Down from a handful of individuals in 1989, the Pemba flying fox population on the island of Pemba, off the coast of Tanzania, now stands at more than 22,000. The recovery owes to the efforts of Fauna & Flora International (FFI) and the Department of Commercial Crops, Fruits and Forestry (DCCFF) which established new reserves to protect critical habitat for the species and launched local education initiatives to raise awareness of its plight and reduce hunting. Today local residents take pride in protecting the charismatic species, which is endemic to the island and is one of Africa's largest bat species (with a wingspan of five-and-a-half feet).

"Less than twenty years ago this bat looked set to disappear off the face of the planet forever. Thanks to the enthusiasm of local people, FFI's ongoing conservation efforts have managed to claw this species back from the brink of extinction," said Joy Juma, FFI East Africa Programme Assistant.
Costa Rica has banned the logging of a tree that houses the endangered great green macaw:
Costa Rica's high court has prohibited the cutting of a certain species of tree, in part because a highly endangered type of parrot uses the tree almost exclusively for nesting.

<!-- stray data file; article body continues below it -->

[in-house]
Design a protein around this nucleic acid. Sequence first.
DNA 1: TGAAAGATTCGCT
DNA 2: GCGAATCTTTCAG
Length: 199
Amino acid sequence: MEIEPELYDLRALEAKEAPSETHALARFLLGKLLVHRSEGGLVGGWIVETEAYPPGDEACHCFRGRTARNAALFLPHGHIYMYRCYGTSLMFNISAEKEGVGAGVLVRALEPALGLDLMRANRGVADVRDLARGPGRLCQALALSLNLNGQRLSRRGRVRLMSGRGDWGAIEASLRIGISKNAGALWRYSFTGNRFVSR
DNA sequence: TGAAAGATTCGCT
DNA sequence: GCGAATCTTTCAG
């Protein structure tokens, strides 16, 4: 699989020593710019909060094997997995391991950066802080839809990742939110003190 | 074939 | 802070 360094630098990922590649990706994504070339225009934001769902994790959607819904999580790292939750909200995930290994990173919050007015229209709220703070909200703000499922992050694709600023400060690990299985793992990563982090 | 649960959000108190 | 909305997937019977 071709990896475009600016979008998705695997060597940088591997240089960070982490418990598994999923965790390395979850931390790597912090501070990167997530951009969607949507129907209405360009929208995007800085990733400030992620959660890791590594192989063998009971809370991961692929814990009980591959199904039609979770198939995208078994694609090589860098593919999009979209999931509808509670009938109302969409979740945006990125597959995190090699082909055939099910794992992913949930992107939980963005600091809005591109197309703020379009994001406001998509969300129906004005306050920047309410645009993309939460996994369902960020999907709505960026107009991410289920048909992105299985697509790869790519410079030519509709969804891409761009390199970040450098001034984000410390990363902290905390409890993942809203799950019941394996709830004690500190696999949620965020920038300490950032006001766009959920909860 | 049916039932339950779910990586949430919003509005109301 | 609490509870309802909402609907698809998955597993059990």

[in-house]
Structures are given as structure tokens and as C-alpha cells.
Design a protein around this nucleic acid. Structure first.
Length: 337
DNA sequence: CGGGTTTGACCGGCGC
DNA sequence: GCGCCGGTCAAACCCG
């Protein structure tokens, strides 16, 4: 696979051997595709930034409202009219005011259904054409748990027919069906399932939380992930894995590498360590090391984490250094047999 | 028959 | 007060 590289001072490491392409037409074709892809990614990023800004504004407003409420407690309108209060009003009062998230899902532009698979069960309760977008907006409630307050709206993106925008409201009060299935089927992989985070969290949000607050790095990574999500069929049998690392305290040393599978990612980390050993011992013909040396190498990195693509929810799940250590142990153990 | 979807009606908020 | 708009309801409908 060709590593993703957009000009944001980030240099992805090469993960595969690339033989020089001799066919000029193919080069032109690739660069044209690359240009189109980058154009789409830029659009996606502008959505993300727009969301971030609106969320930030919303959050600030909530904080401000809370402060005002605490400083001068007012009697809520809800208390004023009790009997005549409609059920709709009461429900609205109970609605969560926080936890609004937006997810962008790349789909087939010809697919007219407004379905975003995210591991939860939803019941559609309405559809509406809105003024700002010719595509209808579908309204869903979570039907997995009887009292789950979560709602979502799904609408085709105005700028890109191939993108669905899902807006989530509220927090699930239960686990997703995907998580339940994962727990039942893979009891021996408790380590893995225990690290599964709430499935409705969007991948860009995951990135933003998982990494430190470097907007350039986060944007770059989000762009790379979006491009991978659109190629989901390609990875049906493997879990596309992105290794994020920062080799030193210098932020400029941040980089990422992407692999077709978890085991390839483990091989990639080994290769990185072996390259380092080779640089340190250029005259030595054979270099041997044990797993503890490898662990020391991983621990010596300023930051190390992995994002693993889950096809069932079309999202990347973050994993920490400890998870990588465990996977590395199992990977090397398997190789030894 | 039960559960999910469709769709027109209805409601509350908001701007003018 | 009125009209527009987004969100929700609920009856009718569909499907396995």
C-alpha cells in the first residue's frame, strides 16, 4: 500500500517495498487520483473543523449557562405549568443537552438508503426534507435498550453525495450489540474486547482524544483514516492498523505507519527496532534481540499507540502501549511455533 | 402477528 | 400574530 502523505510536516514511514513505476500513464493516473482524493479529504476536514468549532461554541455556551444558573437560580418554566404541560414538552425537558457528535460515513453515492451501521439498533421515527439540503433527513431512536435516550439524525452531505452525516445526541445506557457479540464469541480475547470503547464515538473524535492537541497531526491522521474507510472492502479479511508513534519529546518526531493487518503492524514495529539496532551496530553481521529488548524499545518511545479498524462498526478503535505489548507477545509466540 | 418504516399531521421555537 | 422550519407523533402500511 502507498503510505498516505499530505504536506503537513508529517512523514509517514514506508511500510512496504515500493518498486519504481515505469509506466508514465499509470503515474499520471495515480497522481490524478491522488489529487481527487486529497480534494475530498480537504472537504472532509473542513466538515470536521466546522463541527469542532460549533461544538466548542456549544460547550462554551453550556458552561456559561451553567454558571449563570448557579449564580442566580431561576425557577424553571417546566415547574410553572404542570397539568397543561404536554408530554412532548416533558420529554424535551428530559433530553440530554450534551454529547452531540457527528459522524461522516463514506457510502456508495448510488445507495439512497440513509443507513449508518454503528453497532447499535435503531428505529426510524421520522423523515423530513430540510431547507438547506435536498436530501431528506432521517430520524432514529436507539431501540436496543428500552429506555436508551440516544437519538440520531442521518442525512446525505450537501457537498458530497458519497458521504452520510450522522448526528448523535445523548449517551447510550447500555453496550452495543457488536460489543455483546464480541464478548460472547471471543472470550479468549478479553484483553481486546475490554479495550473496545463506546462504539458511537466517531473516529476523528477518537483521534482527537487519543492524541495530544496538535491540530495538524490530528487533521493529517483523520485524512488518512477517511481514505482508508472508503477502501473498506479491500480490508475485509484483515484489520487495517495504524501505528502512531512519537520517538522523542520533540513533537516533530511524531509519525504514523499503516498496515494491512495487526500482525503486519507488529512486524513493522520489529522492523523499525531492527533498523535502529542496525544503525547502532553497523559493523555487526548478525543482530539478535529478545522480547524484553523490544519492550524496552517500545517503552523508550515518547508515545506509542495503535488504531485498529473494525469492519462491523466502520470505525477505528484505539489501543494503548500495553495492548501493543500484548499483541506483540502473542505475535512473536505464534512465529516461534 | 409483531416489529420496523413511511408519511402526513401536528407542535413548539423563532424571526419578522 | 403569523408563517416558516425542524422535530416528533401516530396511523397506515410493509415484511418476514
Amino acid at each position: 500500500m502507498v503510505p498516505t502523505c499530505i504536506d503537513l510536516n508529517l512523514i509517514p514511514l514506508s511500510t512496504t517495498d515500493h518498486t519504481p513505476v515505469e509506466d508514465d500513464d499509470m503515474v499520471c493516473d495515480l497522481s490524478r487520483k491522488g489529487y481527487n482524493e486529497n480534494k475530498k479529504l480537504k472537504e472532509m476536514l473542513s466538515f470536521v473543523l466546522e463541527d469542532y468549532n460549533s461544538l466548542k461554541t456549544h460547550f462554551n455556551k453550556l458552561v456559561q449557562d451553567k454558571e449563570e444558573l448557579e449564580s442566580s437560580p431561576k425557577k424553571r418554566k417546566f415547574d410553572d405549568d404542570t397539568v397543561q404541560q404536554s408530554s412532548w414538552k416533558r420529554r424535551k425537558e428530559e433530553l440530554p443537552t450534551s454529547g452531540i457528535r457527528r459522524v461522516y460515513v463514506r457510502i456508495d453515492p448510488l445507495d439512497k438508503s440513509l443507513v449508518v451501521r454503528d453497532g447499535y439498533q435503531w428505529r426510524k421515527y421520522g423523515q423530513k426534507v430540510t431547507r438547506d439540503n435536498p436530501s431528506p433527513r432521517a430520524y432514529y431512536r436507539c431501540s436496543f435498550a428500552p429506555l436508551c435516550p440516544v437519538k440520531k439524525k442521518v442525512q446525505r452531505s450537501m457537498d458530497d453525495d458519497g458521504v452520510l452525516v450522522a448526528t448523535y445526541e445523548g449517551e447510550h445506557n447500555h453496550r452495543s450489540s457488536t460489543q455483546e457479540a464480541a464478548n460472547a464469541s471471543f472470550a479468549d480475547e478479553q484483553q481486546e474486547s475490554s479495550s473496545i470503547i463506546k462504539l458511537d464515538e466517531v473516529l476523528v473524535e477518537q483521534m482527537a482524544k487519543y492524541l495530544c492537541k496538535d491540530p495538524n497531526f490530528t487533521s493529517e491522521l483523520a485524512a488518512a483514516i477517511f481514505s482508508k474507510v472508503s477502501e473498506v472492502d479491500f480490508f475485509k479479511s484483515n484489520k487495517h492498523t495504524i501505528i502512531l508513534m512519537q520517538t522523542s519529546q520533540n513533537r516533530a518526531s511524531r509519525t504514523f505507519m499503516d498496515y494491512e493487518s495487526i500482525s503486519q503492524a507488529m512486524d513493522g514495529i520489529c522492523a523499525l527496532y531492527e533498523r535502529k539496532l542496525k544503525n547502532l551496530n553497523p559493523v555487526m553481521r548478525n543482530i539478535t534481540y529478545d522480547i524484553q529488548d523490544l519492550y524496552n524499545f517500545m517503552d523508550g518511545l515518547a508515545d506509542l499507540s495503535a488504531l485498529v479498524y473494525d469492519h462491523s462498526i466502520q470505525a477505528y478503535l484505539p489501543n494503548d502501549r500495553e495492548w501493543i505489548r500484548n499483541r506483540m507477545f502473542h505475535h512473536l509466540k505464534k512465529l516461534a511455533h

With one decision, the Sala IV constitutional court protected the mountain almond tree and the great green macaw, specifically in a sprawling area in northern Costa Rica. However, the court also ordered the Ministerio de Ambiente y EnergĂ­a to spread the word to all its regional officials, thus protecting the tree throughout the country. The Sala IV also ordered the environmental courts to monitor compliance with the decision.

Efforts are underway to rid the world (though not, perhaps, the world's bioweapons labs) of a dangerous parasitic disease:
"I'm in a very lucky position that a lot of people dream and talk about, but virtually nobody reaches," said Professor Lightowlers. "This disease has been identified as one that could be eradicated from the globe, so this is a very significant hurdle which means the end is well and truly in sight."

Five field trials were carried out in Peru, Cameroon, Mexico and Honduras between 2006 and 2008. All five trials achieved greater than 99% success.

The field trials have proved so successful that the team has been asked to provide 210,000 doses of the vaccine for a separate US$15.7m project funded by the Gates Foundation in Northern Peru, with the first of these doses arriving next week.
And in the Gambia, the incidence of malaria has dropped dramatically: